- The Washington Times - Tuesday, August 7, 2007

BEIRUT (AP) — The pro-U.S. Lebanese government suffered a blow yesterday when its candidate in a closely watched parliamentary race conceded defeat to a little-known figure from the Syrian-backed opposition.

The vote in the Christian stronghold of Metn, north of Beirut, was widely seen as a proxy struggle for the loyalties of Lebanon’s Christians, who have been almost evenly split between the government and opposition.

Lebanon has been locked for months in a political standoff between the anti-Syrian ruling coalition, which is mainly Sunni, and the opposition led by the Shi’ite Muslim, pro-Syrian Hezbollah.

Official results of Sunday’s parliamentary race showed opposition candidate Kamil Khoury narrowly beating Amin Gemayel, Lebanon’s president from 1982 to 1988 and the head of one of the country’s most powerful Maronite Christian families.

Mr. Gemayel ran in his home district for the seat that his son, Pierre, an outspoken anti-Syria figure, held when he was killed by gunmen as he left a church in a Beirut suburb in November. Many supporters blamed Syria for the killing.



Mr. Khoury, backed by Michel Aoun, the most prominent Christian in the opposition, won by a margin of 418 votes, with 39,534 votes against Mr. Gemayel’s 39,116, Interior Minister Hassan Sabei announced. The turnout was 46 percent.

Mr. Gemayel said that he would abide by the Interior Ministry’s results.

A second seat contested Sunday, in Beirut, was won by a pro-government candidate who ran virtually unopposed.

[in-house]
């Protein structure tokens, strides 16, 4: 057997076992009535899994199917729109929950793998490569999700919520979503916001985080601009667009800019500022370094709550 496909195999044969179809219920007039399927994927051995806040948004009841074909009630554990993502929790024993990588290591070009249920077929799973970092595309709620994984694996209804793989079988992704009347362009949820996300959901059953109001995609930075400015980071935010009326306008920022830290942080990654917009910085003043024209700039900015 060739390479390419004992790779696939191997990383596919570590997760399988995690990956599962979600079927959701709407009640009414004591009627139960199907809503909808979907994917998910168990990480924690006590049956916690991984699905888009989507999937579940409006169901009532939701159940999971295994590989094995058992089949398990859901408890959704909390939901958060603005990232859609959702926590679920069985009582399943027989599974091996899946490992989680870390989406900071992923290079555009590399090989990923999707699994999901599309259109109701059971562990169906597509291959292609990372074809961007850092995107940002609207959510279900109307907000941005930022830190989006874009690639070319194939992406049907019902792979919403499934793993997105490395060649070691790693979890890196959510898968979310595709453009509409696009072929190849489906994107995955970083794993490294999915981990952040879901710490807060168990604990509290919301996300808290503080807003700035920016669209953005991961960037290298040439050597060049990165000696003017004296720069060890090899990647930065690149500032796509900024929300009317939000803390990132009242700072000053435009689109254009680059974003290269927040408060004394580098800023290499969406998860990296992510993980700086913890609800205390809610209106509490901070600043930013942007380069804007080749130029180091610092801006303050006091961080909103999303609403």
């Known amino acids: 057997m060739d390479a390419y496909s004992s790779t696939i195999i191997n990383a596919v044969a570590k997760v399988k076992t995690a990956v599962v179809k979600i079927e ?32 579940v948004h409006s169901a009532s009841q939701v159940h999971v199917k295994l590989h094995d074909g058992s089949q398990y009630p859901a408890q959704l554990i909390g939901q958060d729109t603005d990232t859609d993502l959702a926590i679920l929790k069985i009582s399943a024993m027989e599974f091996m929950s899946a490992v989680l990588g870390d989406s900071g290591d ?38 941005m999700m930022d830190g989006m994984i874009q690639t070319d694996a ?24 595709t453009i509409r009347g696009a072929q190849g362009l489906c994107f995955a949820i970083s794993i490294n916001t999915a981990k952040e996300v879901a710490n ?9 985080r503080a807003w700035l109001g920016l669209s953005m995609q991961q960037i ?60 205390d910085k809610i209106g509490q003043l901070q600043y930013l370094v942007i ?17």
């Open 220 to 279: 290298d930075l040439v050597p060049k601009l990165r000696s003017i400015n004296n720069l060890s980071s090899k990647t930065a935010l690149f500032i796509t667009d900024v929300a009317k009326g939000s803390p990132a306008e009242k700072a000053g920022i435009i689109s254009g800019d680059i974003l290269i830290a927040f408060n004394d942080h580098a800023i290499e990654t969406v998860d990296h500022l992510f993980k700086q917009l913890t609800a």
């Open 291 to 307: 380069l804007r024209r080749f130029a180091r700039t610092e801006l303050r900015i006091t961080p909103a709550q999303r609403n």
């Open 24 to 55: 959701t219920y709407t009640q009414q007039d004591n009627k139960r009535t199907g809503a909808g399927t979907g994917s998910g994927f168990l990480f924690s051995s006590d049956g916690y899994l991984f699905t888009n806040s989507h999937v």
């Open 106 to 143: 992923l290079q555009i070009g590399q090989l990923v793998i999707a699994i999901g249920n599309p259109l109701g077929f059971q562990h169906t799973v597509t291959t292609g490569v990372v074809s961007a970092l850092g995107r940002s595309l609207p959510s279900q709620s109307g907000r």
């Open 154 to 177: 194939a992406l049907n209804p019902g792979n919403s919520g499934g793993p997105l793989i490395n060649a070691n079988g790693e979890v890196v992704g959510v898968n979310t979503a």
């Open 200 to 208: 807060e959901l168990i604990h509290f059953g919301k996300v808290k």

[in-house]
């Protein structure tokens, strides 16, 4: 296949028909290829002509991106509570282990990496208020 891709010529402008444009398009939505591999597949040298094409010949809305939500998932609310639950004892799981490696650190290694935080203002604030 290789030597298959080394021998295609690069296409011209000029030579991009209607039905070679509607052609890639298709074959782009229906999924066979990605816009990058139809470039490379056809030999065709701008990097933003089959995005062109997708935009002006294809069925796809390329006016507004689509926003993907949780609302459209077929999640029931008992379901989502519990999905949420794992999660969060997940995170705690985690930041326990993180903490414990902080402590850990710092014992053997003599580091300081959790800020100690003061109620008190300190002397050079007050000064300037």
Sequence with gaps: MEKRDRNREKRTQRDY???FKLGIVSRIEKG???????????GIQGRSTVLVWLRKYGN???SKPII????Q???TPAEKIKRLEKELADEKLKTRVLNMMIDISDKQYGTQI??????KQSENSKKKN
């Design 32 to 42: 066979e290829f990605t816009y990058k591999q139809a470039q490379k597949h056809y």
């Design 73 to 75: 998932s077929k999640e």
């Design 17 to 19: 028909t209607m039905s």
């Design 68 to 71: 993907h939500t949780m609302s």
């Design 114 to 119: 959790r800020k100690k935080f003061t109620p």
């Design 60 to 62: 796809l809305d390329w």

Sunday’s votes were not expected to have any immediate or direct effect on Lebanon’s political deadlock. The government of Prime Minister Fuad Siniora retains a five-seat edge over the opposition majority in parliament, which has not met for months because of the standoff.

But Mr. Gemayel’s defeat could affect the race to replace pro-Syrian President Emile Lahoud, whose term ends this year. The presidency is constitutionally reserved for a Maronite Christian, who is chosen by parliament.

Mr. Siniora’s backers see it as a chance to put in an anti-Syrian figure, and Mr. Gemayel had been seen as likely to run. His prospects are now far weaker.

Mr. Aoun, a former army commander, has said he intends to run, and the victory of the parliamentary candidate whom he backed could be a boost for him ahead of what is likely to be a deeply divisive and bitter race.

But the narrow nature of Mr. Khoury’s win will make it harder for Mr. Aoun to claim broad support from the Christian community.

Government supporters blamed Mr. Gemayel’s loss on the large ethnic Armenian community in the Metn district, suggesting that Mr. Khoury was not representative of the powerful Maronites, who are the majority in the district.

Armenians are largely Catholic or Orthodox Christian. Maronites are the largest Christian sect in Lebanon and once dominated the country’s politics.

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